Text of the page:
Even if you think your state permits notice pleading, I suggest you plead facts to be on the safe side. You have nothing to lose and will be required to disclose the facts in discovery.
While researching, you will find forms that you can follow. You may be given a form to file by a supervising attorney. While forms can help you draft a complaint, I discourage blindly following them because while it may result in an acceptable product, you will not have learned how to draft a complaint. Rather, you will have learned only how to fill in a form.
Generally, the content of a complaint in federal court consists of:
1. The caption – A caption appears at the top of legal pleadings. It lists the plaintiff’s name, the defendant’s name, the document’s name, the court where the matter was filed, and the docket number.
2. Introductory sentences – give your reader a sense of what the lawsuit is about. Just a few sentences will suffice. They will put the complaint in context, which makes it easier for the reader to understand the pleading as they read it.
3. The Body of the complaint, which includes:
a. Jurisdiction and venue – A statement stating the basis for both jurisdiction and venue is only required in federal court pleadings.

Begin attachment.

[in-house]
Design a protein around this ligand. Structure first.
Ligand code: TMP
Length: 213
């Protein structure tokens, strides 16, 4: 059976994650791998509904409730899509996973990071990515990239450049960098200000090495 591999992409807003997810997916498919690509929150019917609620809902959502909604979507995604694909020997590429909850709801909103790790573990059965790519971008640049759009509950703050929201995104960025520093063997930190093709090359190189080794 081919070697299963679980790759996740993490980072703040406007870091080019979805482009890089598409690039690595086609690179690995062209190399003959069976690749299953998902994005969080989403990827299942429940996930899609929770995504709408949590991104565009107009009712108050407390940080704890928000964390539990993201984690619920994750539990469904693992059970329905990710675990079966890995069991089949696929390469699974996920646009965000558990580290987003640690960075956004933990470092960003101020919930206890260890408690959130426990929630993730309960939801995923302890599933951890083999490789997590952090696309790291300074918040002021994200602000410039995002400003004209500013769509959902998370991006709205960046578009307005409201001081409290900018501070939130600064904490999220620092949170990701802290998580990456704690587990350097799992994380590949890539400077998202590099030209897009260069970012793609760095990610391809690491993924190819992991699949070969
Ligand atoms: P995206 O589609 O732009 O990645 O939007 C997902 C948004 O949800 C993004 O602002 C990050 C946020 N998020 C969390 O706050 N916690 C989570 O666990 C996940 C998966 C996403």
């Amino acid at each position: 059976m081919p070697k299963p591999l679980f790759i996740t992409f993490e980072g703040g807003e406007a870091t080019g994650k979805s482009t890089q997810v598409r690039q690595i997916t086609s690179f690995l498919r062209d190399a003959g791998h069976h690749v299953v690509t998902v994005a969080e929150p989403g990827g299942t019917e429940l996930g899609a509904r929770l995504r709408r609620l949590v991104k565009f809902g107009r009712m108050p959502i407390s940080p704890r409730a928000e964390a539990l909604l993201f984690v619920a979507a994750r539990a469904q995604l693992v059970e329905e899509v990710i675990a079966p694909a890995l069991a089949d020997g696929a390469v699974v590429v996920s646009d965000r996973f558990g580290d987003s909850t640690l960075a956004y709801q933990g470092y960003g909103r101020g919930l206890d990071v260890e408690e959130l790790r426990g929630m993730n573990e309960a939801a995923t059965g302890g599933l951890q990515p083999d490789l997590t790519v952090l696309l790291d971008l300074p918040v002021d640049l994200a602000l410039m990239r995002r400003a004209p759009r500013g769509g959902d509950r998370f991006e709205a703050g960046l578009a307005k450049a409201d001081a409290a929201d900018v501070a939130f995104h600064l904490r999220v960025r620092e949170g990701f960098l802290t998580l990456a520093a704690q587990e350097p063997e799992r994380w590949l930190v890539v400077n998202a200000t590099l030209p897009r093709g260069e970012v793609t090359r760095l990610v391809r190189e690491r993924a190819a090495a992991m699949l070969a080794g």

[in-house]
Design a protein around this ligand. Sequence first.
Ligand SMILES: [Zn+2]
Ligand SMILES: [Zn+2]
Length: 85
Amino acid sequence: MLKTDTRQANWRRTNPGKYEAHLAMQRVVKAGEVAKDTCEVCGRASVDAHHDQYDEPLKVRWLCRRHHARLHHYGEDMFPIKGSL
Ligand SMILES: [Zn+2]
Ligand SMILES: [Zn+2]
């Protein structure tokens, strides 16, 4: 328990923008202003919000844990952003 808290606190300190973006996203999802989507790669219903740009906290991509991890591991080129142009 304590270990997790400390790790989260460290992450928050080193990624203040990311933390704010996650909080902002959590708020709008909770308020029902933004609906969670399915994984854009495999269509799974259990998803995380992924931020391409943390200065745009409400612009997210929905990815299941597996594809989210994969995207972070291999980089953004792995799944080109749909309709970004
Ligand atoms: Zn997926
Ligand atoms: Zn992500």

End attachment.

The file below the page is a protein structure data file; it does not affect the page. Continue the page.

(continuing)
b. Parties – name all parties.
c. Demand or conditions precedent satisfied if required (for example, that administrative remedies are exhausted). Attach relevant documents as exhibits.
d. Factual allegations – Allege facts to support each element of the claim.
e. Legal allegations – Allege the elements of each claim separately.
4. Request for Relief – list the remedies sought.
5. Jury demand – to preserve your right to a trial by jury in federal court, include a demand for a trial by jury in your complaint.
6. Date, Attorney Signature – Attorney signature is required in federal court.
7. Plaintiff verification, if required.
UNITED STATES DISTRICT COURT
WESTERN DISTRICT OF NEW YORK
SERGEANT JOHN DOE,
COMPLAINT AND JURY TRIAL
DEMAND Civil Action
1. This claim is for damages pursuant to 42 U.S.C. § 1983, and is based on a beating inflicted on the Plaintiff by the Defendant Erie County Deputy Sergeant when Plaintiff was a pre-trial detainee in the custody of the Sheriff of Erie County on or about May 14, 2021.